4th of July with Your Dog – 4 Things to Prepare Now
As a child I remember sitting on the dock at my grandparent’s lake house on Lake Chatuge in Hiawassee, GA so we could watch the firework show across the lake. And that was it, just that one night of fireworks and childhood wonder. Now that I’m a pet parent, I dread the fireworks season because fireworks now seem to start earlier and earlier each year. I try to start preparing well before the big day so everything is on hand. Here’s my list of 4 things to prepare now to be ready for the 4th of July with your dog.
4 Things to Prepare Before
4th of July with Your Dog
- Collars & Microchips
- Prepare the Freezer
- Gather Equipment
- Excercise Early
Check ID Tags & Microchip Registration
Right now, before you even finish reading this post, check your dog – is he wearing a collar and ID tags with the correct information?
Even if your dogs are typically nudists in the house, I would strongly consider having everyone wear collars & ID 24/7 at least in the two weeks surrounding holidays celebrated with fireworks. Being in animal rescue fields for so many years it feels like I have heard every horror story of dogs getting out without a collar due to something unexpected. A collar & tag can get your dog home so much faster. Many animal control services & veterinary offices will be closed over the holiday so it could be several days before the person who finds a dog can have a microchip read.
If you are worried about dangling tags getting caught in crates while on your dog, consider a house collar with your dog’s name & your number embroidered or printed on the collar. My friend at Jessie’s Story just released an entire line of waterproof, stink proof, adorable printed collars with no tag needed.
You should also check on your pet’s microchip.
- Has a telephone number or address changed since you last updated the microchip contact information?
- Is a current photo of your dog uploaded to the microchip company or is it the same puppy photo you first uploaded?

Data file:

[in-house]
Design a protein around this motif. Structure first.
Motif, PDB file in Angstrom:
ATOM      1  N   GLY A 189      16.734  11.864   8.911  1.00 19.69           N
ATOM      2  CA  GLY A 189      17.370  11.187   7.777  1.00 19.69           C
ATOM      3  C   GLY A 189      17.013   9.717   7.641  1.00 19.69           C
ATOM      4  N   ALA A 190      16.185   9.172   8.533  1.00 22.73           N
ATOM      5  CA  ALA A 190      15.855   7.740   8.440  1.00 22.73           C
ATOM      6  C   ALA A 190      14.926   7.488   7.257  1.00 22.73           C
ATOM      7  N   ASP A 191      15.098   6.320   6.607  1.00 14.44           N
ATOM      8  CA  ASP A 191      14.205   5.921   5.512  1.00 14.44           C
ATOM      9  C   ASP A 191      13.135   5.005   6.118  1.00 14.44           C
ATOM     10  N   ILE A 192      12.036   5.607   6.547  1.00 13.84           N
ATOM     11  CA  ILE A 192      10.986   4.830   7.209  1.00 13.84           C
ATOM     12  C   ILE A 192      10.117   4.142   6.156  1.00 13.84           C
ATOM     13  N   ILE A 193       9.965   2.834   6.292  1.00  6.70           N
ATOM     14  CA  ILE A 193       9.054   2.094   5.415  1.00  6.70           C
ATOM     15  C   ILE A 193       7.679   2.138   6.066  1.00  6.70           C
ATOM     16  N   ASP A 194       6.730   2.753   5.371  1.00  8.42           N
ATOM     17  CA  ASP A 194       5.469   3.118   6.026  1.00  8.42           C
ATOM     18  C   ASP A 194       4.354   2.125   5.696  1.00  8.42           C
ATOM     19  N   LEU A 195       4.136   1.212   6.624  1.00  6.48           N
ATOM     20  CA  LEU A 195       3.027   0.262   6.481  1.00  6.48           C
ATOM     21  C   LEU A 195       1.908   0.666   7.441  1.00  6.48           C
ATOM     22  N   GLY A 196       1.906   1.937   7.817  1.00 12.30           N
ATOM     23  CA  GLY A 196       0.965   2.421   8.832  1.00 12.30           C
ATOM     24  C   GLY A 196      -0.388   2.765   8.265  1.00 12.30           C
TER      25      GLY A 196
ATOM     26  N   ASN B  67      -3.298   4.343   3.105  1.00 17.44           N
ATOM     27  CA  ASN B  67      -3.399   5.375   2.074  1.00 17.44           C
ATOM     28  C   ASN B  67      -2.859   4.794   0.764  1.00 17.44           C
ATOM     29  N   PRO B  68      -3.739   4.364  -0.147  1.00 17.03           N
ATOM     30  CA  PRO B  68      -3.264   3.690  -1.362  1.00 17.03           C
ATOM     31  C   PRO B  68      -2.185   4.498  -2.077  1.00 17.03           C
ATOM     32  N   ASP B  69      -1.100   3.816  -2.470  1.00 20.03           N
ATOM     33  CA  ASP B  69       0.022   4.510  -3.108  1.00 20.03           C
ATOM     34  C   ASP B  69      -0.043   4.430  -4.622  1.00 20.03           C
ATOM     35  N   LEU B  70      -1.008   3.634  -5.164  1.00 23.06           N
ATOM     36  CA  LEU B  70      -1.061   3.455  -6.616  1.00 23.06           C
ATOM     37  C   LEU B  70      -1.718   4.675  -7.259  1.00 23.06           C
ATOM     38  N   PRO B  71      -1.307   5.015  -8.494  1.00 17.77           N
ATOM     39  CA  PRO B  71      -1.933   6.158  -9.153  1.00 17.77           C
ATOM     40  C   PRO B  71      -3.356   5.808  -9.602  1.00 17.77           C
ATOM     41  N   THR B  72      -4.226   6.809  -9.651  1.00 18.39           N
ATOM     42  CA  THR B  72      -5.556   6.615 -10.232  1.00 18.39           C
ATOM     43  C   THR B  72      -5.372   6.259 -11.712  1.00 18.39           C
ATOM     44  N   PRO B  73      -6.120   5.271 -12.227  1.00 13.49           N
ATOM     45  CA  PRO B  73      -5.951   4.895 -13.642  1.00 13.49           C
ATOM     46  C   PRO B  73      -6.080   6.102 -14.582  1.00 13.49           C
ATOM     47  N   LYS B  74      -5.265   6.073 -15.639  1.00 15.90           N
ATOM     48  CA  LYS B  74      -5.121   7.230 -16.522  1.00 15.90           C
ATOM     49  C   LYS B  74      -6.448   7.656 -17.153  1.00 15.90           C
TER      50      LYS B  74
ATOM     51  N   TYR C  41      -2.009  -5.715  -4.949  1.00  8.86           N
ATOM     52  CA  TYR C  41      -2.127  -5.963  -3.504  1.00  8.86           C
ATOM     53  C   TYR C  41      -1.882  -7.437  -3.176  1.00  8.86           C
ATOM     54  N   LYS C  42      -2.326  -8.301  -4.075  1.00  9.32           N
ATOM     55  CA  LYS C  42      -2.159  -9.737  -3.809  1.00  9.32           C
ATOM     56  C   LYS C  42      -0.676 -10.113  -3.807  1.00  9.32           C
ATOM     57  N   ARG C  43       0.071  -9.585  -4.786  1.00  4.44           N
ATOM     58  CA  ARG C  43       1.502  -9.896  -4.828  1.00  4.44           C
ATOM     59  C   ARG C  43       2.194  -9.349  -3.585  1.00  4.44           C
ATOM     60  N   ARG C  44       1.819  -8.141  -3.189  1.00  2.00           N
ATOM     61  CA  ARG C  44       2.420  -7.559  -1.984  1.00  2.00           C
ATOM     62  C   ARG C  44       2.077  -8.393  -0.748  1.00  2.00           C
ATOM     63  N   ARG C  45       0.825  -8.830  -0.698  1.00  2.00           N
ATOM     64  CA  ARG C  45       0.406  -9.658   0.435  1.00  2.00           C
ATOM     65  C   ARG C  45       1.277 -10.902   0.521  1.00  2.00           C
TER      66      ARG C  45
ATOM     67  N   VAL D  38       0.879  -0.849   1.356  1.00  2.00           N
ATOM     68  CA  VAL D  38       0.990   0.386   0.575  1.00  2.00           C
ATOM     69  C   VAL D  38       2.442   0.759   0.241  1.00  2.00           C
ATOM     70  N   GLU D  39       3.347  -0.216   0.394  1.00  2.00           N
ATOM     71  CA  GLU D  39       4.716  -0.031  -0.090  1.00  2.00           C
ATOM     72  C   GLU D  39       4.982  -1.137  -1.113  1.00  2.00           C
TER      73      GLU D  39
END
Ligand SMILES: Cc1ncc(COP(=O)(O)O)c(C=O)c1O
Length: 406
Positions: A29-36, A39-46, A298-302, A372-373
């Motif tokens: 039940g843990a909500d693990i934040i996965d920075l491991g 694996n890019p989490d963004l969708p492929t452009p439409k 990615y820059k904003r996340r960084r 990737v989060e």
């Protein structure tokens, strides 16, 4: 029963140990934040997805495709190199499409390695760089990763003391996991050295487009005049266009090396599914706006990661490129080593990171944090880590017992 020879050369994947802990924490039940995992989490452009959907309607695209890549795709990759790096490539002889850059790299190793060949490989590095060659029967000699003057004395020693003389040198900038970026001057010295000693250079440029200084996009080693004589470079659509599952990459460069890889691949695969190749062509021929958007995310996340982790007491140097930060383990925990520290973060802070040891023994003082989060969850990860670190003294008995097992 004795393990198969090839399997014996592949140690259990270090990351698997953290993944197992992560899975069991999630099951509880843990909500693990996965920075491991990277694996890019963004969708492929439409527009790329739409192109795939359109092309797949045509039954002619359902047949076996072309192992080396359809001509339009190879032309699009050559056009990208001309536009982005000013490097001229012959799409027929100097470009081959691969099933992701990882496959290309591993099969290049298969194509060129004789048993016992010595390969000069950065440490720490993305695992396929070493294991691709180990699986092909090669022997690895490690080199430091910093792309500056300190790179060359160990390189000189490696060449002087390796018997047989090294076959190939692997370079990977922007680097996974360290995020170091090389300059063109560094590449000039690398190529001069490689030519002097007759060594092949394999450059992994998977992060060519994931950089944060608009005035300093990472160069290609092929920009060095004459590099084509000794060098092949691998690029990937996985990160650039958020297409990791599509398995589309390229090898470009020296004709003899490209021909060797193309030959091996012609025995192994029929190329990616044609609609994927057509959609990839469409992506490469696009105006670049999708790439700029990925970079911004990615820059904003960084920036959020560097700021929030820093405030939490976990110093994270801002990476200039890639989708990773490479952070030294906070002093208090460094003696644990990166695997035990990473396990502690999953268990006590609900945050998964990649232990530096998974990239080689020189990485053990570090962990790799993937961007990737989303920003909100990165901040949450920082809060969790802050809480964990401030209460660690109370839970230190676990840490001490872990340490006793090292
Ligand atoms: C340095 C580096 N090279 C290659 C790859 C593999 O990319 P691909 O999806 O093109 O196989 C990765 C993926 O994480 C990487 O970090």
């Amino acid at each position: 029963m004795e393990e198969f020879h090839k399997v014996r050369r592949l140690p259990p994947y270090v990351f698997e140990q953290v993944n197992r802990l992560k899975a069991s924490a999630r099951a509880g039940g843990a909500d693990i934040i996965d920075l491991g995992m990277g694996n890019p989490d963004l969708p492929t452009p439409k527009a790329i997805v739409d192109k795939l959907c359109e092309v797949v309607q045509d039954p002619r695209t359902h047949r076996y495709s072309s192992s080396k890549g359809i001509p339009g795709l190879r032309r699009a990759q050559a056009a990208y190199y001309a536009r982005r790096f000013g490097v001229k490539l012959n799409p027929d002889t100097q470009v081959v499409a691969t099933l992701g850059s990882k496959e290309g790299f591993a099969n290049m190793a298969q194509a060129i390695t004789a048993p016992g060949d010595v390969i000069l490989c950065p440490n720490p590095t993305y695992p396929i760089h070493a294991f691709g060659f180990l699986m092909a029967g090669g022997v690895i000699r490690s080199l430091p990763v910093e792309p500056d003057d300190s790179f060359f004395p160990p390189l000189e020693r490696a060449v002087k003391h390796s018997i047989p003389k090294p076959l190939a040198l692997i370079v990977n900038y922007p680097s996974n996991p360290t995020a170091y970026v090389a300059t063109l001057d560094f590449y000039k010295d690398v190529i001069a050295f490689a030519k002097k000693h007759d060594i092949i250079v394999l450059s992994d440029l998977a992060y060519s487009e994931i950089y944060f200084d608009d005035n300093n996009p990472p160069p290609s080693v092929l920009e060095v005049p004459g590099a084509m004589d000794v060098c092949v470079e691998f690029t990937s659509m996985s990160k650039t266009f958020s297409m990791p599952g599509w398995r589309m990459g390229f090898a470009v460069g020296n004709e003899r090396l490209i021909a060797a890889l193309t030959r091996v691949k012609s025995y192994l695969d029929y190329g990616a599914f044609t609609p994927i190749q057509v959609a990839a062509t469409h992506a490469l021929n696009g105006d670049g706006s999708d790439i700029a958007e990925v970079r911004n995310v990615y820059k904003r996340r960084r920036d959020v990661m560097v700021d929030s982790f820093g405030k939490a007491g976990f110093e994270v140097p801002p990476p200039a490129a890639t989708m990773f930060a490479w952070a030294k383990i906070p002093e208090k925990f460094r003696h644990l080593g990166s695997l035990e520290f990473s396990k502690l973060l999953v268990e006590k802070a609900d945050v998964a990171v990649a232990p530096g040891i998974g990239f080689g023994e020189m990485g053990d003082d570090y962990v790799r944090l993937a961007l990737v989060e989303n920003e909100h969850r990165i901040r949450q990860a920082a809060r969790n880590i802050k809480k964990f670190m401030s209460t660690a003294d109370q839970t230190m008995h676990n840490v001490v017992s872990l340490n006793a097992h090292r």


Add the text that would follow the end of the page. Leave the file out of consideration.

- Can you still login to the microchip company’s website to update information or report a lost pet if needed?
- Is the microchip still readable? You’ll need your vet to scan your pet and make sure the microchip comes up. I usually get my vet to double check at our annual exams.
Prepare Your Freezer for the 4th of July
I don’t mean the Impossible burgers and vegan hot dogs you plan on grilling out. I’m talking about the Kongs and Toppls and Rumbls and Qwizls.
Fill them up with tasty treats and pop them in the freezer. This way you have a stock of frozen distractors to treat your pup and keep them occupied when the booms start.
If you’re looking for some fresh ideas for stuffing, I have a few links for you!
Gather Your Dog’s Equipment
If you’ve put away your ThunderShirts now is the time to find them and refresh your dog’s positive associations. You should also make sure you have harnesses and leashes ready for walks and potty breaks. For dogs that are very fearful it can be a good idea to use a leash for night time potty walks even inside a fenced yard as an extra level of protection.
Speaking of extremely fearful dogs, talk to your vet now. There may be medication that would be a good fit for your dog’s needs. You’ll want to have this conversation before the big day and have everything you need on hand at home.
And, in case of emergency, make sure you have a copy of your dog’s medical records and up to date rabies vaccination easily acessible. (I keep a copy saved to a folder on my phone.) If an emergency happens and you need to go to a veterinary ER clinic that’s not your primary care, having that information right at your fingertips can be really helpful to the vet staff.
Exercise Early & Have Indoor Games
If evening walks are your usual routine, you might want to change it up. Having your walks early in the morning will let you and your dog let go of some excess energy before the fireworks begin. Starting this new routine at least a few days early can help your dog get used to the routine change as well.
You might also consider having some indoor games ready to play. We love scent work games here (Lira & Carolina both take weekly scent work classes at Canine Country Academy) and it’s a game we can do at home with everyone. You can also set up mini obstacle courses or “trick stations” where you can rotate through different tricks. Getting your dog’s brain engaged can really help with nervous energy.
How do you prepare your dog for the 4th of July?
Do you have any tricks or tips for helping your dog get through the fireworks?
This blog is part of an international circle of pet photographers. Each week we blog on a certain topic and invite you on a trip around the world. This week’s theme is all about the 4th of July preparations.
Just click the link at the end of each blog post until you find yourself back here!
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